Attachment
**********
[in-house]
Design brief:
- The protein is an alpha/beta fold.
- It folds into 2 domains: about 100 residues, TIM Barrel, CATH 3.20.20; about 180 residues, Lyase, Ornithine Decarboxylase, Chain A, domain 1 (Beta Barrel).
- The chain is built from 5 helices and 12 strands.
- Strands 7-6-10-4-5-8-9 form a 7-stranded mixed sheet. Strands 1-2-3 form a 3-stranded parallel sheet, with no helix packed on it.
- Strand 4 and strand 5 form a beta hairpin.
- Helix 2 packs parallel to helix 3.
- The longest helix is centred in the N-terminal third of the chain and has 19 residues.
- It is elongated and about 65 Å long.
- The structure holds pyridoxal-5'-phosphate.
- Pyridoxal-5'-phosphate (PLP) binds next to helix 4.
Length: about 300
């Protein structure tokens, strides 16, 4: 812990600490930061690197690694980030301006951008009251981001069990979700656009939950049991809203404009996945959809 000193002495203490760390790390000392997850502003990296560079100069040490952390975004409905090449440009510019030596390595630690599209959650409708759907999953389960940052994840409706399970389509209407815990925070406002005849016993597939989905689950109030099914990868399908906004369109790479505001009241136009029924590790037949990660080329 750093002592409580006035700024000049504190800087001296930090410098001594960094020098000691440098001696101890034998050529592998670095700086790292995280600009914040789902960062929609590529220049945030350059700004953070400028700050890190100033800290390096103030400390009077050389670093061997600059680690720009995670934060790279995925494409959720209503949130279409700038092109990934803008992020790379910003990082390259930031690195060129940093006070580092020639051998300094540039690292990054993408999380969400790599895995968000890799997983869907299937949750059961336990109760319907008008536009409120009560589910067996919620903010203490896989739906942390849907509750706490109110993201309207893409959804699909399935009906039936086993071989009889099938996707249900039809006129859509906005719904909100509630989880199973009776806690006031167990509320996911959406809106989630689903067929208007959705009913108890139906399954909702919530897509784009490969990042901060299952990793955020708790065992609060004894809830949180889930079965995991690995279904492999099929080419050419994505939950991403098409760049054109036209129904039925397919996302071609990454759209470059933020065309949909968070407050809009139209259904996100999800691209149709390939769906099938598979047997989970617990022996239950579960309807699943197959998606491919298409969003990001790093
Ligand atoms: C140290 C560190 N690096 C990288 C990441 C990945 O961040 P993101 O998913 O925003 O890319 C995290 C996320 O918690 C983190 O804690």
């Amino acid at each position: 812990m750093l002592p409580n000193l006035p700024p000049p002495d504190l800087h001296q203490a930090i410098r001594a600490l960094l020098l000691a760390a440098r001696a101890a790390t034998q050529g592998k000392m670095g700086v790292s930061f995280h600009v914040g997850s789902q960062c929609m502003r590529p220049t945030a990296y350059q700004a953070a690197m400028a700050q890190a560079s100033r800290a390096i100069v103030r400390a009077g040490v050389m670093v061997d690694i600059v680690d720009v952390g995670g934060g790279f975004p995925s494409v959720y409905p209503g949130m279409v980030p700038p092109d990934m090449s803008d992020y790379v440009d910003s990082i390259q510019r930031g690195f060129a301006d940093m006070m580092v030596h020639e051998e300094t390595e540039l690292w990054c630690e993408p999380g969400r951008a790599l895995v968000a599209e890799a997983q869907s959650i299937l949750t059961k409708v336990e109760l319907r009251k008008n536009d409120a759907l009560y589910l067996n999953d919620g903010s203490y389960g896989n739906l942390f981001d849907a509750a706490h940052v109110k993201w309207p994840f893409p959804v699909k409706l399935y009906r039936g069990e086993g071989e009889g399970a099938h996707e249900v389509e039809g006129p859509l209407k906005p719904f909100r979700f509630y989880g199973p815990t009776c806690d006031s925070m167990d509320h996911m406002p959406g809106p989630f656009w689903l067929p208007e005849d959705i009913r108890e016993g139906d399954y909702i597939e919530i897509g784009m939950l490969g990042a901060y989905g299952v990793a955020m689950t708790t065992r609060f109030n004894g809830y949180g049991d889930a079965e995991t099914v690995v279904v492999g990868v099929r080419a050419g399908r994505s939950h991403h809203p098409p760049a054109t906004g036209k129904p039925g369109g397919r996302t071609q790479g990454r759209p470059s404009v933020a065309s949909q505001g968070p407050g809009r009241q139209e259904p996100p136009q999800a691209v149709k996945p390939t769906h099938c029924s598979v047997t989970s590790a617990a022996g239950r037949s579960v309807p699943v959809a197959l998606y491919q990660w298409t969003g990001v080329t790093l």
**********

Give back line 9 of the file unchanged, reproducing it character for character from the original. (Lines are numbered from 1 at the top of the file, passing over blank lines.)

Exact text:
- The longest helix is centred in the N-terminal third of the chain and has 19 residues.